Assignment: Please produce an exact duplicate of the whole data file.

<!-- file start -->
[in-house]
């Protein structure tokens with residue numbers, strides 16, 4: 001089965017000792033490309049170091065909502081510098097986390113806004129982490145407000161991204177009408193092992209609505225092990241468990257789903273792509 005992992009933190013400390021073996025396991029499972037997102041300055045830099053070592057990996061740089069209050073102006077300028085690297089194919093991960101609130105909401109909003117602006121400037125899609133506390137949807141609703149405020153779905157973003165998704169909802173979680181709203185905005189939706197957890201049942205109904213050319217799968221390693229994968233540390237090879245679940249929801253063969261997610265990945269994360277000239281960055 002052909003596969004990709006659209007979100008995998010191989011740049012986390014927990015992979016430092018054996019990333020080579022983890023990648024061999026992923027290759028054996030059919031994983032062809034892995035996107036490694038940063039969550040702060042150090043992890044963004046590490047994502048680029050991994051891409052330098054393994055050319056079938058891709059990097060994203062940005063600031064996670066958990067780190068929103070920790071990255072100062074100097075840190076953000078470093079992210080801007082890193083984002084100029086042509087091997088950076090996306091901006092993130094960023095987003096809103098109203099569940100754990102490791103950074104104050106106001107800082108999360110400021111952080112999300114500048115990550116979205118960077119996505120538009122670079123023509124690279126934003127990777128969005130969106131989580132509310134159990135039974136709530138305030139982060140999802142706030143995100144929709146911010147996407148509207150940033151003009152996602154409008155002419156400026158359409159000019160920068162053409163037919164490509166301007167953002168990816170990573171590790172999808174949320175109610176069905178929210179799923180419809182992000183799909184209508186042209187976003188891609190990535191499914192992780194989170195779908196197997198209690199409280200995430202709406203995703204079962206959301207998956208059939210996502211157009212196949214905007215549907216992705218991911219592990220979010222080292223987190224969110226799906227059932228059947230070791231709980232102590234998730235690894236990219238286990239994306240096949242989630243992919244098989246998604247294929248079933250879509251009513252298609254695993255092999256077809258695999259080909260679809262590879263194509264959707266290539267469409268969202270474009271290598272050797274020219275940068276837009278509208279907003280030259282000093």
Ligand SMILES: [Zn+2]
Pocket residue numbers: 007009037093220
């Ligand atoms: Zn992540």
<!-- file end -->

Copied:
[in-house]
């Protein structure tokens with residue numbers, strides 16, 4: 001089965017000792033490309049170091065909502081510098097986390113806004129982490145407000161991204177009408193092992209609505225092990241468990257789903273792509 005992992009933190013400390021073996025396991029499972037997102041300055045830099053070592057990996061740089069209050073102006077300028085690297089194919093991960101609130105909401109909003117602006121400037125899609133506390137949807141609703149405020153779905157973003165998704169909802173979680181709203185905005189939706197957890201049942205109904213050319217799968221390693229994968233540390237090879245679940249929801253063969261997610265990945269994360277000239281960055 002052909003596969004990709006659209007979100008995998010191989011740049012986390014927990015992979016430092018054996019990333020080579022983890023990648024061999026992923027290759028054996030059919031994983032062809034892995035996107036490694038940063039969550040702060042150090043992890044963004046590490047994502048680029050991994051891409052330098054393994055050319056079938058891709059990097060994203062940005063600031064996670066958990067780190068929103070920790071990255072100062074100097075840190076953000078470093079992210080801007082890193083984002084100029086042509087091997088950076090996306091901006092993130094960023095987003096809103098109203099569940100754990102490791103950074104104050106106001107800082108999360110400021111952080112999300114500048115990550116979205118960077119996505120538009122670079123023509124690279126934003127990777128969005130969106131989580132509310134159990135039974136709530138305030139982060140999802142706030143995100144929709146911010147996407148509207150940033151003009152996602154409008155002419156400026158359409159000019160920068162053409163037919164490509166301007167953002168990816170990573171590790172999808174949320175109610176069905178929210179799923180419809182992000183799909184209508186042209187976003188891609190990535191499914192992780194989170195779908196197997198209690199409280200995430202709406203995703204079962206959301207998956208059939210996502211157009212196949214905007215549907216992705218991911219592990220979010222080292223987190224969110226799906227059932228059947230070791231709980232102590234998730235690894236990219238286990239994306240096949242989630243992919244098989246998604247294929248079933250879509251009513252298609254695993255092999256077809258695999259080909260679809262590879263194509264959707266290539267469409268969202270474009271290598272050797274020219275940068276837009278509208279907003280030259282000093």
Ligand SMILES: [Zn+2]
Pocket residue numbers: 007009037093220
């Ligand atoms: Zn992540």